What is a stable isotope? Let’s go back to high school chemistry for a moment! A normal atom has the same number of neutrons and protons in the nucleus, but a stable isotope has more neutrons than protons in the nucleus. For example, a normal carbon atom has 12 neutrons in the nucleus, but its stable isotope has 13 neutrons. These isotopes are stable, because they do not exhibit radioactive decay over time — they won’t lose that extra neutron — which means that the isotope will always have 13 neutrons in the nucleus. Researchers look at the ratio of normal atoms to stable isotopes to track diet, because the ratio of normal atoms to stable isotopes in the body of a predator can reflect the type of prey it has eaten. For example, if the mantis shrimp has a ratio of 10 carbon-13 atoms to carbon-12 atoms and the crab that you think the mantis shrimp eats has a ratio of 8, then there is a good chance that the mantis shrimp eats this species of crab. The reason why the mantis shrimp’s ratio is not exactly 8 is that there is an expected change in the predator’s ratio that occurs when the predator metabolizes the prey. You are what you eat (plus a little bit!), and stable isotopes allow us to track this pretty accurately.
Back In the laboratory, my assistants and I identify all of the prey items and stomatopods that we collected. We then take muscle tissue samples from the mantis shrimp and from the prey. We use a mass spectrometer to analyze the carbon and nitrogen stable isotopes in both the mantis shrimp and prey tissue. Finally, we compare the isotope ratios of the mantis shrimp and prey to determine who ate what. Since the mantis shrimp is what it eats, all prey items that have isotope ratios similar to the mantis shrimp’s ratios are likely a part of the mantis shrimp diet.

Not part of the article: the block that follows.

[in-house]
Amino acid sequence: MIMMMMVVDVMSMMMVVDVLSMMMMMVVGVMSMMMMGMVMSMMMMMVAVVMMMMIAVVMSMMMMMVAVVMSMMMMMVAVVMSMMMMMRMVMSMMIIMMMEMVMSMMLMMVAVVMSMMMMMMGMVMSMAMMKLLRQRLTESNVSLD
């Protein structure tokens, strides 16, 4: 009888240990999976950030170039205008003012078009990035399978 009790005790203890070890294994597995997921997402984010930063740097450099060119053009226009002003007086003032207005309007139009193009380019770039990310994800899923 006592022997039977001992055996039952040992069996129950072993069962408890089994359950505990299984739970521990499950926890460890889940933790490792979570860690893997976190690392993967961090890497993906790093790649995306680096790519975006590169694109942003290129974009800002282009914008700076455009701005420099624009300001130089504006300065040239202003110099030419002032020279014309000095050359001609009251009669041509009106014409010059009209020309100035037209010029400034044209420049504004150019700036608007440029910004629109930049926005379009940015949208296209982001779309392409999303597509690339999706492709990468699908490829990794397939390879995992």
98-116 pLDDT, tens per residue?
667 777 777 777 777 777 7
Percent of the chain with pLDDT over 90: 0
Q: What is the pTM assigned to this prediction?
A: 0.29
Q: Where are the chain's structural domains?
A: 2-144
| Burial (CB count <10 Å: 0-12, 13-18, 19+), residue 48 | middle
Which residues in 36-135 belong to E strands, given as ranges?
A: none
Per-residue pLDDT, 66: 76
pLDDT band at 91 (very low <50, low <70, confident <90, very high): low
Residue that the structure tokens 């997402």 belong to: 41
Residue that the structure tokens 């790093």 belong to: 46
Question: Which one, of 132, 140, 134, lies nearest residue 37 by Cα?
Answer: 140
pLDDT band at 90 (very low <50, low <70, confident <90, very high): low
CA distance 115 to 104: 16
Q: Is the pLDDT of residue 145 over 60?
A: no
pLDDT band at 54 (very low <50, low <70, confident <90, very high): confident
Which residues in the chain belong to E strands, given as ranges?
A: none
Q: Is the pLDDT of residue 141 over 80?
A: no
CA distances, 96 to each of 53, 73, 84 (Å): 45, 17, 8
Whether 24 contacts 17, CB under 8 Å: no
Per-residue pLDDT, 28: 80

To confirm the accuracy of the stable isotope analyses, I also conduct behavior experiments that help me to determine which animals mantis shrimp are physically capable of eating. To do this, I stock aquaria with mantis shrimp and potential prey, and I wait to see which prey the mantis shrimp eat. So far, I have performed this experiment on only one species, but eventually I will look at many species of mantis shrimp, with different appendage morphologies, to see if mantis shrimp with different appendage shapes have different diets. Together with the isotope analyses, these experiments will give me a good picture of mantis shrimp diet and ultimately lead to an in-depth understanding of the relationship between raptorial appendage morphology and diet across the mantis shrimp family. This fall, I’ll return to Panama to complete my field experiments, so stay tuned for updates in future blog posts!
To learn more about Maya’s research, watch the Paleo Video Field notes: Collecting stomatopods on the Great Barrier Reef.